Security Group Management Script

Over at eNow Consulting’s blog, I submitted an article and script on Exchange Group Management. It’s been working great for me, and hopefully will help others. I had a similar requirement around Security Groups, and this is the result.

The script itself is almost identical, but I wanted to share it anyway. I think it’s a great demonstration that you can really customise a script for whatever purpose you have. If you want to know how the script works generally, read my post at eNow, but¬†there’s only one line different.

Instead of creating a “New Distribution Group”, it’s creating a New AD Group. The whole command is a bit different in syntax, but it’s still doing the same thing – creating a group. If you only wanted to manage existing groups, and removed the line altogether, you could manage both email and security groups from the single script (assuming a since csv file contains everything you want).

Here’s the script:

# Script to populate members of Security Groups
Start-Transcript -path C:\Scripts\Admin\Logs\securitygroups.txt
$data = import-csv C:\Scripts\Admin\securitygroups.csv
foreach ($group in $data){
New-ADGroup -name $group.GroupName -GroupCategory Security -GroupScope Universal -Path “OU=Security Groups,DC=mydomain,DC=com,DC=au” -Description “Automatically Managed by ¬†@AdamFowler_IT’s Script”
$users = Get-ADUser -SearchBase “ou=Users,dc=mydomain,dc=com,dc=au” -Filter $group.filter
Get-ADGroup -Identity $group.groupname | Set-ADObject -clear member
Add-ADGroupMember -Identity $group.groupname -Members $users
}
Stop-Transcript

Ideally, you should intelligently create security groups based on criteria around how the business functions. For example, the Finance department can have their own security group, if their department is Finance. Makes sense right?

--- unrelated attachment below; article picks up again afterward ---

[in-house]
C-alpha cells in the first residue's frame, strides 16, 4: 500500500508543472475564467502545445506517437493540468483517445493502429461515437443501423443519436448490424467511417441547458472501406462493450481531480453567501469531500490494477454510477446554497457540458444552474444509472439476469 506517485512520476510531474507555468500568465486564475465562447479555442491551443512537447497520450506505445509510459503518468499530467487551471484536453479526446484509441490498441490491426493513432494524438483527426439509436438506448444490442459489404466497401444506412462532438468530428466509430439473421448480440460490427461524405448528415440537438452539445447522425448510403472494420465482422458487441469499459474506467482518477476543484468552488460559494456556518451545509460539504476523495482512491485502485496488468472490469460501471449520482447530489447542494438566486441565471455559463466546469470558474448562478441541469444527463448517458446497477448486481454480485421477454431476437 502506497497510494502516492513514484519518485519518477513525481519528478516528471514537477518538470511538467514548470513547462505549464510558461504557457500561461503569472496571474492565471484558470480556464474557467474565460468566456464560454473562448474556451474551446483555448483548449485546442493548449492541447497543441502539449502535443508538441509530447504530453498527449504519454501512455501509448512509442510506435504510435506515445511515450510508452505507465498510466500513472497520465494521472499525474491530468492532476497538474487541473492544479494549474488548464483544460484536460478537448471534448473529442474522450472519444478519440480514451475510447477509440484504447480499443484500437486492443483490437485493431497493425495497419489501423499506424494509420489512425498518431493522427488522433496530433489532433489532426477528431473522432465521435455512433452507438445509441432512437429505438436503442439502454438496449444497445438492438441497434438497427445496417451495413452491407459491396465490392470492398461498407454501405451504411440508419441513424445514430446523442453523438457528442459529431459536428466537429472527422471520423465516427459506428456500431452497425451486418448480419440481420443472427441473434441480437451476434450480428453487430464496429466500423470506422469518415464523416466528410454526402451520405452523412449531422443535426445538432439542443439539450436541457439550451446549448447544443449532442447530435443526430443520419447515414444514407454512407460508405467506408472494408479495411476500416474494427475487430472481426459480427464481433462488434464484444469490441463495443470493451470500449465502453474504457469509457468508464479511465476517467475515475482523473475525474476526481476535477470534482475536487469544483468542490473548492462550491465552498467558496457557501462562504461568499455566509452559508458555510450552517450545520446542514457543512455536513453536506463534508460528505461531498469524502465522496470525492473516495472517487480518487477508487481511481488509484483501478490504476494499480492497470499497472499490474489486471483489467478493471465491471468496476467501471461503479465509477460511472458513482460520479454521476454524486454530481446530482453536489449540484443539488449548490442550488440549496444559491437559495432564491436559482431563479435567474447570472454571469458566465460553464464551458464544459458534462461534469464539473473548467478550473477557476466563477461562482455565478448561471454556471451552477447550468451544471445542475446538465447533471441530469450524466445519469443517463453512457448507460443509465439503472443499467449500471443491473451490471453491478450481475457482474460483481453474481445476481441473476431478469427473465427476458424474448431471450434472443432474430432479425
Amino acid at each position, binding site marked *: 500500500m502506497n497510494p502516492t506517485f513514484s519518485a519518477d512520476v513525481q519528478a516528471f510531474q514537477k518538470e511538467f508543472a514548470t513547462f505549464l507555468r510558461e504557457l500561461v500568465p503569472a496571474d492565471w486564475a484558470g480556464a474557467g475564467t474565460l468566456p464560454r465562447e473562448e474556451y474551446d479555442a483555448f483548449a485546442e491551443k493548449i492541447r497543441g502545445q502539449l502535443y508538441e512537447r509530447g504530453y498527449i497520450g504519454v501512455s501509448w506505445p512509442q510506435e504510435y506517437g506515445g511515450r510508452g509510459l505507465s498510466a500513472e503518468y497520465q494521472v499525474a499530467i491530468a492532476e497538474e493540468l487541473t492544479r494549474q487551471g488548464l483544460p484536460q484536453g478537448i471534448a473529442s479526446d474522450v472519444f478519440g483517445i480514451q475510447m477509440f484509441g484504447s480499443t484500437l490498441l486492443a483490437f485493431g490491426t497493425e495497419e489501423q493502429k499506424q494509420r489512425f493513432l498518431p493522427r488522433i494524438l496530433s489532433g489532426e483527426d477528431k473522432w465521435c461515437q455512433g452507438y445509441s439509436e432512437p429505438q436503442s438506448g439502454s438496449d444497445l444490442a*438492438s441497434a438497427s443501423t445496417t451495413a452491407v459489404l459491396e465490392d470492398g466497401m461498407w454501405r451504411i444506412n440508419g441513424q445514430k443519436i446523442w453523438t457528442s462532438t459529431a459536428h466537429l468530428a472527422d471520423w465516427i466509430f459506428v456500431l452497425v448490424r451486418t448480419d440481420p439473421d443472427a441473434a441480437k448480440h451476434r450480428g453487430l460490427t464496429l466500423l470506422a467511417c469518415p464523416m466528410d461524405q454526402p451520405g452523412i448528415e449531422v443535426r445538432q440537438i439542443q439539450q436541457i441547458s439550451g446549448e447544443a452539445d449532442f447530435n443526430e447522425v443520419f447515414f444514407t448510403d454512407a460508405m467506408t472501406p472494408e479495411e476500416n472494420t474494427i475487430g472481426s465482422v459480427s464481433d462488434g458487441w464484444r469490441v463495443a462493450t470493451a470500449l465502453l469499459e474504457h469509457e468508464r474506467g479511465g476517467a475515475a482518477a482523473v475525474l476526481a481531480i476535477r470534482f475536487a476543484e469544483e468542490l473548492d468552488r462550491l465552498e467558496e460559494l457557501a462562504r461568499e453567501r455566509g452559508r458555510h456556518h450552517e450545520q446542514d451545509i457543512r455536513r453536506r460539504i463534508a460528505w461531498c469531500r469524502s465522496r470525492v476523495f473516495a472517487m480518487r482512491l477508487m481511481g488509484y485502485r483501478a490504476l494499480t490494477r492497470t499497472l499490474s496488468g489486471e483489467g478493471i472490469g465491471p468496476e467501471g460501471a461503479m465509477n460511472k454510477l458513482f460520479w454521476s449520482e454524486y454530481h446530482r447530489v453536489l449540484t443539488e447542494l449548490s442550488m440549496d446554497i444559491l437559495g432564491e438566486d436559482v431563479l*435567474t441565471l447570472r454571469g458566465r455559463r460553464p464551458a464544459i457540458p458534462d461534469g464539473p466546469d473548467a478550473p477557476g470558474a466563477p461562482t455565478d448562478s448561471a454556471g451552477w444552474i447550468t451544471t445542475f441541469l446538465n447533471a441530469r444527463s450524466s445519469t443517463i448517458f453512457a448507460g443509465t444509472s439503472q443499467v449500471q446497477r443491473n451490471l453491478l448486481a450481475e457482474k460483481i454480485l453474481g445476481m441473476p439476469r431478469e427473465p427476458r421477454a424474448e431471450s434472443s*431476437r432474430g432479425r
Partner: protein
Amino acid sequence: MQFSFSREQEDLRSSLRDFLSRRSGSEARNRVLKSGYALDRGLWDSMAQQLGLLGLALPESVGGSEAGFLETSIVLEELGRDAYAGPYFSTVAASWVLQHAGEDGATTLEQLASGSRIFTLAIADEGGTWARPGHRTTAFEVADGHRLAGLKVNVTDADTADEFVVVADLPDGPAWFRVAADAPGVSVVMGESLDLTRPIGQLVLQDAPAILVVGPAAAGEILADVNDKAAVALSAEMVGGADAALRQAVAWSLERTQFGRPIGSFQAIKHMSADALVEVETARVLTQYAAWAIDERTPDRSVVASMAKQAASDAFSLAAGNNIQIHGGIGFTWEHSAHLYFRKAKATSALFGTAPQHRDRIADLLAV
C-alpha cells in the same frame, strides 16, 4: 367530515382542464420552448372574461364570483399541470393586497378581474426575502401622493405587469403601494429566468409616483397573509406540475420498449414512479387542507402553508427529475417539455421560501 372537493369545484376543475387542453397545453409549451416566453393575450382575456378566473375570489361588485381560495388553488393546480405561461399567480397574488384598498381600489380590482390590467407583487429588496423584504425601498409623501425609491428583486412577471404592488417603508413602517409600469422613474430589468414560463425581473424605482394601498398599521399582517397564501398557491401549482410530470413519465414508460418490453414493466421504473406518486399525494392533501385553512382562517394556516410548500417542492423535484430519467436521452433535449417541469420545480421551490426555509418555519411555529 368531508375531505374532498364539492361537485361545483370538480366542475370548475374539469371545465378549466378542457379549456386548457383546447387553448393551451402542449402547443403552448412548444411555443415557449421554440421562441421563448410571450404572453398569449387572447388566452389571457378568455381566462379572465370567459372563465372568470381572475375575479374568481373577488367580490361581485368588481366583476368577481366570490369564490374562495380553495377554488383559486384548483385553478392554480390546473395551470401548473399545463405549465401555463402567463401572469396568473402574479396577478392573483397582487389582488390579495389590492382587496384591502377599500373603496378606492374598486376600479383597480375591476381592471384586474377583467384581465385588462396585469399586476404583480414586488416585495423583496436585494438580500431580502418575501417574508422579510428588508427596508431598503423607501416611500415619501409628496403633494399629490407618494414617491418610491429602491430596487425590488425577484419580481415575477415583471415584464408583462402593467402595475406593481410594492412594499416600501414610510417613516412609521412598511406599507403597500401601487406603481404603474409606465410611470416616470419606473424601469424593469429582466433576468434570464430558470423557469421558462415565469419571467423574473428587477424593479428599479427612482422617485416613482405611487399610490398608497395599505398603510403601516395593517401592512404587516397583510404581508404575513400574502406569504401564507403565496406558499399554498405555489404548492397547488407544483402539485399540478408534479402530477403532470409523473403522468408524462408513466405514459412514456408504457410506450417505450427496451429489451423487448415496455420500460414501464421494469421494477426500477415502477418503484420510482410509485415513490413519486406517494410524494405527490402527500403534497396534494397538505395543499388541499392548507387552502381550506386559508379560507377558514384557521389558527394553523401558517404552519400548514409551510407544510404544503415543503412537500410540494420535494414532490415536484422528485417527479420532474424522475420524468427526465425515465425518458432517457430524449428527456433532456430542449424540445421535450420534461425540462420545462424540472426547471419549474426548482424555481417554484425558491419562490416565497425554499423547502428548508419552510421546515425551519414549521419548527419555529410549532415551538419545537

The catch though, is to NOT link any actual security to this group. You don’t want 30 different things (e.g. files, folders, sharepoint sites, anything you’d use a security group for) pointing to one group. What if the Finance folder needs to be accessed by the CEO of your company? You shouldn’t just add them to the group by adjusting the filter, because they’ll get access to the 29 OTHER things pointed at this group.

The way around this is to have a security group for every single separate thing you apply security to. Have a Finance drive? Then create an AD security group with a descriptive name, and then add the original Finance security group as a member. This way, if someone joins or leaves the Finance team, security will automatically apply. On top of that, if you need to give the CEO access to the Finance drive by this secondary group, knowing you’re only giving them access to that one thing.

One to one relationships on a security group and what it applies to, will make managing it in the future much easier. You could extend this even further, and have a security group for each job function – this would mean there is a CEO security group that contains the CEO, and you can then add that security group to anything they need. The biggest benefit of this is when your CEO quits and another one comes along, you can just add the new CEO to the CEO group and they’ll get the same access. Not sure what access the CEO gets? Check what the CEO security group is a member of, and all your smartly named security groups will be listed.

My last tip around security groups is to note down who’s in charge of the group in either the notes or description field. If a query comes up a year later, you may not remember who originally asked for the security. Having a person or a job title listed means you can quickly get approval for making membership changes to the group.

Thinking about how you’re going to manage things in the future and planning around it might be a bit more painful at the time, but it really pays off in the end.

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